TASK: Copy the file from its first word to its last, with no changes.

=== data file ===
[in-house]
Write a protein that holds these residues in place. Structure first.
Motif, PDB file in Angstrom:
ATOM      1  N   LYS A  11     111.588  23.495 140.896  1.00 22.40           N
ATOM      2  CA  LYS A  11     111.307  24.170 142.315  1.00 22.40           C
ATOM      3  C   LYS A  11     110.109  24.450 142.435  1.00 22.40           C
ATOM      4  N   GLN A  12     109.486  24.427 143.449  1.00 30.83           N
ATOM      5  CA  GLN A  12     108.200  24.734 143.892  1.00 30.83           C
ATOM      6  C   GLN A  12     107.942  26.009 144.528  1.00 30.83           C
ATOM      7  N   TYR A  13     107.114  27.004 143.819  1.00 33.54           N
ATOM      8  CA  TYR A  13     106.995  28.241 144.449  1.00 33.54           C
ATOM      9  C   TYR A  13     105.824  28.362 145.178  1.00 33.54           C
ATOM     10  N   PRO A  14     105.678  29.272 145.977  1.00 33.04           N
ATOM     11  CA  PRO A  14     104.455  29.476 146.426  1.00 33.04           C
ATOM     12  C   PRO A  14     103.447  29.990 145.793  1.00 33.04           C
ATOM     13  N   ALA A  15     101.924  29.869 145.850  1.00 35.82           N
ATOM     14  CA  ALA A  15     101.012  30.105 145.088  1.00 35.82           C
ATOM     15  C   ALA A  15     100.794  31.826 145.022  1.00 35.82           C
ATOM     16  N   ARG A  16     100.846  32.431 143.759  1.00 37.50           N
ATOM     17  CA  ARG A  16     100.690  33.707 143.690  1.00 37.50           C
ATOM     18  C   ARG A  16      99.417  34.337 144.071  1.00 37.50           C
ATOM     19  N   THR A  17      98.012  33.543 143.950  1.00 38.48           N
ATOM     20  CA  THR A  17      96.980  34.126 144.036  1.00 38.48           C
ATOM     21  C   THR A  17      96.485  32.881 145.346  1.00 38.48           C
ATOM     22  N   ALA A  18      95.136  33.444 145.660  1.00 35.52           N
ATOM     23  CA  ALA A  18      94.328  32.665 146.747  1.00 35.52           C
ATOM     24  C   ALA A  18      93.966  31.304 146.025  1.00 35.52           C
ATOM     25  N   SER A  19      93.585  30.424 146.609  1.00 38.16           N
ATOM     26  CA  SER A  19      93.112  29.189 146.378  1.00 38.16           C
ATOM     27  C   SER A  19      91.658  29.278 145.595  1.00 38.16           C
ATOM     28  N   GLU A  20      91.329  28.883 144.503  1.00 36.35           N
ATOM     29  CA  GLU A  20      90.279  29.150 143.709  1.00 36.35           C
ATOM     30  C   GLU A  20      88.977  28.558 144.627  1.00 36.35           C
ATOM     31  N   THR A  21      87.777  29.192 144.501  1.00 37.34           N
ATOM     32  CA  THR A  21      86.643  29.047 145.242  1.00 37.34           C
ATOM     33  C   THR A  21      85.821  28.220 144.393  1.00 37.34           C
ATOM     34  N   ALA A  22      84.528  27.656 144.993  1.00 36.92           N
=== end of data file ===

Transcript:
[in-house]
Write a protein that holds these residues in place. Structure first.
Motif, PDB file in Angstrom:
ATOM      1  N   LYS A  11     111.588  23.495 140.896  1.00 22.40           N
ATOM      2  CA  LYS A  11     111.307  24.170 142.315  1.00 22.40           C
ATOM      3  C   LYS A  11     110.109  24.450 142.435  1.00 22.40           C
ATOM      4  N   GLN A  12     109.486  24.427 143.449  1.00 30.83           N
ATOM      5  CA  GLN A  12     108.200  24.734 143.892  1.00 30.83           C
ATOM      6  C   GLN A  12     107.942  26.009 144.528  1.00 30.83           C
ATOM      7  N   TYR A  13     107.114  27.004 143.819  1.00 33.54           N
ATOM      8  CA  TYR A  13     106.995  28.241 144.449  1.00 33.54           C
ATOM      9  C   TYR A  13     105.824  28.362 145.178  1.00 33.54           C
ATOM     10  N   PRO A  14     105.678  29.272 145.977  1.00 33.04           N
ATOM     11  CA  PRO A  14     104.455  29.476 146.426  1.00 33.04           C
ATOM     12  C   PRO A  14     103.447  29.990 145.793  1.00 33.04           C
ATOM     13  N   ALA A  15     101.924  29.869 145.850  1.00 35.82           N
ATOM     14  CA  ALA A  15     101.012  30.105 145.088  1.00 35.82           C
ATOM     15  C   ALA A  15     100.794  31.826 145.022  1.00 35.82           C
ATOM     16  N   ARG A  16     100.846  32.431 143.759  1.00 37.50           N
ATOM     17  CA  ARG A  16     100.690  33.707 143.690  1.00 37.50           C
ATOM     18  C   ARG A  16      99.417  34.337 144.071  1.00 37.50           C
ATOM     19  N   THR A  17      98.012  33.543 143.950  1.00 38.48           N
ATOM     20  CA  THR A  17      96.980  34.126 144.036  1.00 38.48           C
ATOM     21  C   THR A  17      96.485  32.881 145.346  1.00 38.48           C
ATOM     22  N   ALA A  18      95.136  33.444 145.660  1.00 35.52           N
ATOM     23  CA  ALA A  18      94.328  32.665 146.747  1.00 35.52           C
ATOM     24  C   ALA A  18      93.966  31.304 146.025  1.00 35.52           C
ATOM     25  N   SER A  19      93.585  30.424 146.609  1.00 38.16           N
ATOM     26  CA  SER A  19      93.112  29.189 146.378  1.00 38.16           C
ATOM     27  C   SER A  19      91.658  29.278 145.595  1.00 38.16           C
ATOM     28  N   GLU A  20      91.329  28.883 144.503  1.00 36.35           N
ATOM     29  CA  GLU A  20      90.279  29.150 143.709  1.00 36.35           C
ATOM     30  C   GLU A  20      88.977  28.558 144.627  1.00 36.35           C
ATOM     31  N   THR A  21      87.777  29.192 144.501  1.00 37.34           N
ATOM     32  CA  THR A  21      86.643  29.047 145.242  1.00 37.34           C
ATOM     33  C   THR A  21      85.821  28.220 144.393  1.00 37.34           C
ATOM     34  N   ALA A  22      84.528  27.656 144.993  1.00 36.92           N